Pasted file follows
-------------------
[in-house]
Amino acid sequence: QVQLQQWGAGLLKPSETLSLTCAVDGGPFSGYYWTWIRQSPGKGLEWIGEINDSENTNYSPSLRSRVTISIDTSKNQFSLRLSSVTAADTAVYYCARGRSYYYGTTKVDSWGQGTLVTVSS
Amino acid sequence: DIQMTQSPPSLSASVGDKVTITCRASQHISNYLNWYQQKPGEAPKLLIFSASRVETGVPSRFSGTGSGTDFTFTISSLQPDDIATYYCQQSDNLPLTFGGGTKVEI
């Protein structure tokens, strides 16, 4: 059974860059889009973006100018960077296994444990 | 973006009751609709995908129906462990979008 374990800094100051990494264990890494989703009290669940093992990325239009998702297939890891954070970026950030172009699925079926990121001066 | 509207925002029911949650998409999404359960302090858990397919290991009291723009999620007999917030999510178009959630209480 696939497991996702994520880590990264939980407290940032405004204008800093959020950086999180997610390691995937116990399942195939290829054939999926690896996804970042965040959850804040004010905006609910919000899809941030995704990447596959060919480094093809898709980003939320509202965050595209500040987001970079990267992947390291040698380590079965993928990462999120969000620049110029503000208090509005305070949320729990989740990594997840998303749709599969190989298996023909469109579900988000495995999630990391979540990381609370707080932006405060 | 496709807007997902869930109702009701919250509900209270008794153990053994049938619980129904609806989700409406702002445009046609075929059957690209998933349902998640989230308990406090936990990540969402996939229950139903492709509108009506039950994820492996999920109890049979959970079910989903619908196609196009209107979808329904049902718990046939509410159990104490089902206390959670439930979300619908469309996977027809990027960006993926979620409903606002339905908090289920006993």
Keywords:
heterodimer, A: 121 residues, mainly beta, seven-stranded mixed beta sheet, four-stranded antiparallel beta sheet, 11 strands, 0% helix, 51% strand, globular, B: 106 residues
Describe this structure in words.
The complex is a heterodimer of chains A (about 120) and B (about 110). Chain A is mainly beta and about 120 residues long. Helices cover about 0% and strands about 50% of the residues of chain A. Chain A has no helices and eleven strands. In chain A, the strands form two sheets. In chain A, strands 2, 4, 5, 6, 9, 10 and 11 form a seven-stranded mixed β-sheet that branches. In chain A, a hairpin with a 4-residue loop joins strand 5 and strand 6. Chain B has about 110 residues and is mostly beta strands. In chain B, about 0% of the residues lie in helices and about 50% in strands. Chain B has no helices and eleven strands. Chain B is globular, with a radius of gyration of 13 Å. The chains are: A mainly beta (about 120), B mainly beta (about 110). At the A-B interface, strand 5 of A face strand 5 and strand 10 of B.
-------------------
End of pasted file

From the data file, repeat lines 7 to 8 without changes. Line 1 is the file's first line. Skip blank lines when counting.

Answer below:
Describe this structure in words.
The complex is a heterodimer of chains A (about 120) and B (about 110). Chain A is mainly beta and about 120 residues long. Helices cover about 0% and strands about 50% of the residues of chain A. Chain A has no helices and eleven strands. In chain A, the strands form two sheets. In chain A, strands 2, 4, 5, 6, 9, 10 and 11 form a seven-stranded mixed β-sheet that branches. In chain A, a hairpin with a 4-residue loop joins strand 5 and strand 6. Chain B has about 110 residues and is mostly beta strands. In chain B, about 0% of the residues lie in helices and about 50% in strands. Chain B has no helices and eleven strands. Chain B is globular, with a radius of gyration of 13 Å. The chains are: A mainly beta (about 120), B mainly beta (about 110). At the A-B interface, strand 5 of A face strand 5 and strand 10 of B.